A Tour de Force Table Vitrine in the Louis XVI Manner by Alfred-Emmanuel-Louis Beurdeley, of Paris

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Object Description

A Tour de Force Table Vitrine in the Louis XVI Manner by Alfred-Emmanuel-Louis Beurdeley, of Paris Of free-standing form, constructed in a finely patinated fruitwood, adorned with carving of finest Exhibition quality; rising from tapering, turned and torsade carved legs terminating in capitols a la Grecque issuing carved chain links; the conjoining swept ‘X’ form stretcher, festooned with remarkably carved ‘ropes’, having a centrally situated carved Grecian lyre dressed with foliage; the pierced and leaf carved apron has roundels to the centers, and supports the lockable and hinged rising top vitrine, with inserts of beveled glass and ogee stiff leaf running leaf carvings. Stamped to the underside twice by the maker, ‘A. Beurdeley Paris’. Paris, Circa 1880

Object History

Beurdeley Dynasty
Jean Beurdeley (1772-1853), a native Burgundian, enlisted as a saddler in the Murat Regiment for the duration of the French Revolutionary War, and on leaving the army, set up in 1818 as a Marchand-Mercier in the Rue Saint-Honoré in Paris, moving later to The Hanover Pavilion in the Bvd. des Italiens, when he was joined by his son, Louise-Auguste-Alfred (1808-1882), who commenced reproducing copies of the very finest example of the ancien régime, and to the very highest standards, so becoming one of the major suppliers to the Garde Meuble Imperial, creating pieces for the wedding of Napoleon III and Eugénie, whilst acquiring commissions from many European Royal Households. An exhibitor at the Parisian Universal Expositions of 1855, 1867, 1878 and 1889.and was a notable medal winner. His son, Alfred-Emmanuel-Louis (1847-1919) joined the business in 1875, and the business continued to prosper until its closure in 1895 – the remaining stock was disposed of in five separate auction sales between 1897 and 1898.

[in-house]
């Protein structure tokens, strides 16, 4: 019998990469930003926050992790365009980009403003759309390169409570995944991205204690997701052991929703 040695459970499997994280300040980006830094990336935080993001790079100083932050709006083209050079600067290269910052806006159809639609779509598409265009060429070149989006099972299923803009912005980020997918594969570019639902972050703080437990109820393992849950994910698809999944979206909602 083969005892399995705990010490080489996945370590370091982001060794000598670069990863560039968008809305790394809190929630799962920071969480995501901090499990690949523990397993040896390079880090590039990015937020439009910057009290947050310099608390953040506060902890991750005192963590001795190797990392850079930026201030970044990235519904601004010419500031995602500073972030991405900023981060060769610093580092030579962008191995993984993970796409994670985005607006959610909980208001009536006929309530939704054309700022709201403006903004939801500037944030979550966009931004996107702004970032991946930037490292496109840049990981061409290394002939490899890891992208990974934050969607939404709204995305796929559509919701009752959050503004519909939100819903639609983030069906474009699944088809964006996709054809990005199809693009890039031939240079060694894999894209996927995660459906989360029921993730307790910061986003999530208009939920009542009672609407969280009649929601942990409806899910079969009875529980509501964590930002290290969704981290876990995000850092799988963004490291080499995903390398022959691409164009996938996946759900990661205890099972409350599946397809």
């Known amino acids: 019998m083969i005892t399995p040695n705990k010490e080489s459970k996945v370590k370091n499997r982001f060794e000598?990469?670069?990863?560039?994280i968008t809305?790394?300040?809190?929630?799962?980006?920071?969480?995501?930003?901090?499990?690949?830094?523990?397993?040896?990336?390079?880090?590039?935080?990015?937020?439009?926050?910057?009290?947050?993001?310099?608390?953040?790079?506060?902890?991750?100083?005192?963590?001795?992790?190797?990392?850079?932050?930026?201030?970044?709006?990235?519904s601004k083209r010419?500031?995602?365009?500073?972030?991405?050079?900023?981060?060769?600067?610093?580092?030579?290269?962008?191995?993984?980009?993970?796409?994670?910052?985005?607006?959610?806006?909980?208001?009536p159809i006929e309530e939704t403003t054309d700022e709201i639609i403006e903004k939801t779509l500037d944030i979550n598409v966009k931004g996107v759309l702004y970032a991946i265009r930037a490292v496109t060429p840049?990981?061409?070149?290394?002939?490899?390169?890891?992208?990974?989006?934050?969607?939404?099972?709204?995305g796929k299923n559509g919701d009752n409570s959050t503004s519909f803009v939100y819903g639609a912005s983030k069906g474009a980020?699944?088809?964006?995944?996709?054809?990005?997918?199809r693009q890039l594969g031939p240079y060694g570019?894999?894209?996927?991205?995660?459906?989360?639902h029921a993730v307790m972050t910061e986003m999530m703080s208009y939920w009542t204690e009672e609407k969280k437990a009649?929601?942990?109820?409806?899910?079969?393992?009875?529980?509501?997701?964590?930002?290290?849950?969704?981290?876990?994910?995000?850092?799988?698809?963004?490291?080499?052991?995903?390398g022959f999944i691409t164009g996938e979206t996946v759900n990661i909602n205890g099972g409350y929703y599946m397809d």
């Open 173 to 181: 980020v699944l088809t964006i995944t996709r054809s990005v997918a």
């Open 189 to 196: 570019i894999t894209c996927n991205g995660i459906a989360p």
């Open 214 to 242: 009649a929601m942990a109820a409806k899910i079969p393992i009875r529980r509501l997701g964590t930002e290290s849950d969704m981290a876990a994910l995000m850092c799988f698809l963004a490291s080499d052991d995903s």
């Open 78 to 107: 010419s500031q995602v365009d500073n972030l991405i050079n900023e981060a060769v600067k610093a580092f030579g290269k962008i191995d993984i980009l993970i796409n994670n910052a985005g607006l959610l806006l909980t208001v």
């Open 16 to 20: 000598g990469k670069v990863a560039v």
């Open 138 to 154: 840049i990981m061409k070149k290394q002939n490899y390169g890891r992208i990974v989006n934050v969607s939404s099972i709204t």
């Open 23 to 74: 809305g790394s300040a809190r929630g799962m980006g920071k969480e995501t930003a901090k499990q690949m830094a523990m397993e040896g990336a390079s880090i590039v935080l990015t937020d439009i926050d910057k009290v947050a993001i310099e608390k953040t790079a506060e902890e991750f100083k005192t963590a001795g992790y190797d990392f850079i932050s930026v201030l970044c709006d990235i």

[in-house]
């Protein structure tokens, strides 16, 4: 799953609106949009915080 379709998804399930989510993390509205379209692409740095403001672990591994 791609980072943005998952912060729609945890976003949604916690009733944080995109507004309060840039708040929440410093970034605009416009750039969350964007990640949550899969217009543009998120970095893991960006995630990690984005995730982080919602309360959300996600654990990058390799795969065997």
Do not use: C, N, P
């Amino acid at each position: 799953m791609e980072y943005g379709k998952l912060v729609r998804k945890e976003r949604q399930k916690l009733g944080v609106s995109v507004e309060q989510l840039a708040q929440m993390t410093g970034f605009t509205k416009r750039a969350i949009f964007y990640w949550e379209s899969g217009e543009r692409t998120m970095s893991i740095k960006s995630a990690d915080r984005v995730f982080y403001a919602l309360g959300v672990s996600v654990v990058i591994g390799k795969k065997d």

Object Literature

Beurdeley Dynasty Christopher Payne. Paris Furniture: The Luxury Market of the 19th Century, Château de Saint-Rémy: Éditions Monelle Hayot, 2018, p. 274.

Camille Mestdagh and Pierre Lecoules. L’ameublement d’art français: 1850-1900. Paris: Les Eìditions de L’Amateur, 2010.

Denise Ledoux-Lebard. Le mobilier francais du XIXe siècle, 1795-1889 : dictionnaire des ébénistes et des menuisiers. Paris: Éditions de l’amateur, 2000; pp. 75-82 (documented on pp.76-77 as sold at Hôtel Drouot, 1996).
A table of similar form, but less richly carved, by Alfred Beurdeley, was exhibited in the Paris Exhibition of 1878

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